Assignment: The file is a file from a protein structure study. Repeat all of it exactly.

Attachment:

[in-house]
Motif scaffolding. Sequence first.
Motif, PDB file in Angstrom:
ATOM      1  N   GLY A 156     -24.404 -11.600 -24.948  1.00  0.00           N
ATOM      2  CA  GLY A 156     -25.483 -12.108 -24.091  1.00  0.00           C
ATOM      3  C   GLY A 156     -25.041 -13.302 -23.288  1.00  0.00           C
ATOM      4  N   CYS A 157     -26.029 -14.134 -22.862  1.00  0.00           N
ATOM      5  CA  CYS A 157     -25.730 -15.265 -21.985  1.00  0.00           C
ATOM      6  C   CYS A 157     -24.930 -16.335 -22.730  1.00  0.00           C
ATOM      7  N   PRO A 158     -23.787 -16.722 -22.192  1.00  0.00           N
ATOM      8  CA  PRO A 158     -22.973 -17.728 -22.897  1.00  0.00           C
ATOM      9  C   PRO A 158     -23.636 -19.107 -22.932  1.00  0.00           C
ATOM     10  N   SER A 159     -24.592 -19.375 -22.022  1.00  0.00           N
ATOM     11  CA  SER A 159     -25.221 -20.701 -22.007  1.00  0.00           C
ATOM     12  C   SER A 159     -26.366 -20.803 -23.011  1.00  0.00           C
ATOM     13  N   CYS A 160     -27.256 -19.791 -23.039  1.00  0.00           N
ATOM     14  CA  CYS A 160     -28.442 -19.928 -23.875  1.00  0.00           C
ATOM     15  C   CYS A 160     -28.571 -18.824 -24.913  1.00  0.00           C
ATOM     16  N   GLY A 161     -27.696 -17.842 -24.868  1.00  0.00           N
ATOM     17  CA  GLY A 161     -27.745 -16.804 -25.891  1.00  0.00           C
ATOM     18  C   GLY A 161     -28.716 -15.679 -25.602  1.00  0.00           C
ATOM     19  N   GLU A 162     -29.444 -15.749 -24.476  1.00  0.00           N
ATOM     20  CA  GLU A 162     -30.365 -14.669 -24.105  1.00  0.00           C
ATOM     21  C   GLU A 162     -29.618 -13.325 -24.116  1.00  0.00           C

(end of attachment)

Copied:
[in-house]
Motif scaffolding. Sequence first.
Motif, PDB file in Angstrom:
ATOM      1  N   GLY A 156     -24.404 -11.600 -24.948  1.00  0.00           N
ATOM      2  CA  GLY A 156     -25.483 -12.108 -24.091  1.00  0.00           C
ATOM      3  C   GLY A 156     -25.041 -13.302 -23.288  1.00  0.00           C
ATOM      4  N   CYS A 157     -26.029 -14.134 -22.862  1.00  0.00           N
ATOM      5  CA  CYS A 157     -25.730 -15.265 -21.985  1.00  0.00           C
ATOM      6  C   CYS A 157     -24.930 -16.335 -22.730  1.00  0.00           C
ATOM      7  N   PRO A 158     -23.787 -16.722 -22.192  1.00  0.00           N
ATOM      8  CA  PRO A 158     -22.973 -17.728 -22.897  1.00  0.00           C
ATOM      9  C   PRO A 158     -23.636 -19.107 -22.932  1.00  0.00           C
ATOM     10  N   SER A 159     -24.592 -19.375 -22.022  1.00  0.00           N
ATOM     11  CA  SER A 159     -25.221 -20.701 -22.007  1.00  0.00           C
ATOM     12  C   SER A 159     -26.366 -20.803 -23.011  1.00  0.00           C
ATOM     13  N   CYS A 160     -27.256 -19.791 -23.039  1.00  0.00           N
ATOM     14  CA  CYS A 160     -28.442 -19.928 -23.875  1.00  0.00           C
ATOM     15  C   CYS A 160     -28.571 -18.824 -24.913  1.00  0.00           C
ATOM     16  N   GLY A 161     -27.696 -17.842 -24.868  1.00  0.00           N
ATOM     17  CA  GLY A 161     -27.745 -16.804 -25.891  1.00  0.00           C
ATOM     18  C   GLY A 161     -28.716 -15.679 -25.602  1.00  0.00           C
ATOM     19  N   GLU A 162     -29.444 -15.749 -24.476  1.00  0.00           N
ATOM     20  CA  GLU A 162     -30.365 -14.669 -24.105  1.00  0.00           C
ATOM     21  C   GLU A 162     -29.618 -13.325 -24.116  1.00  0.00           C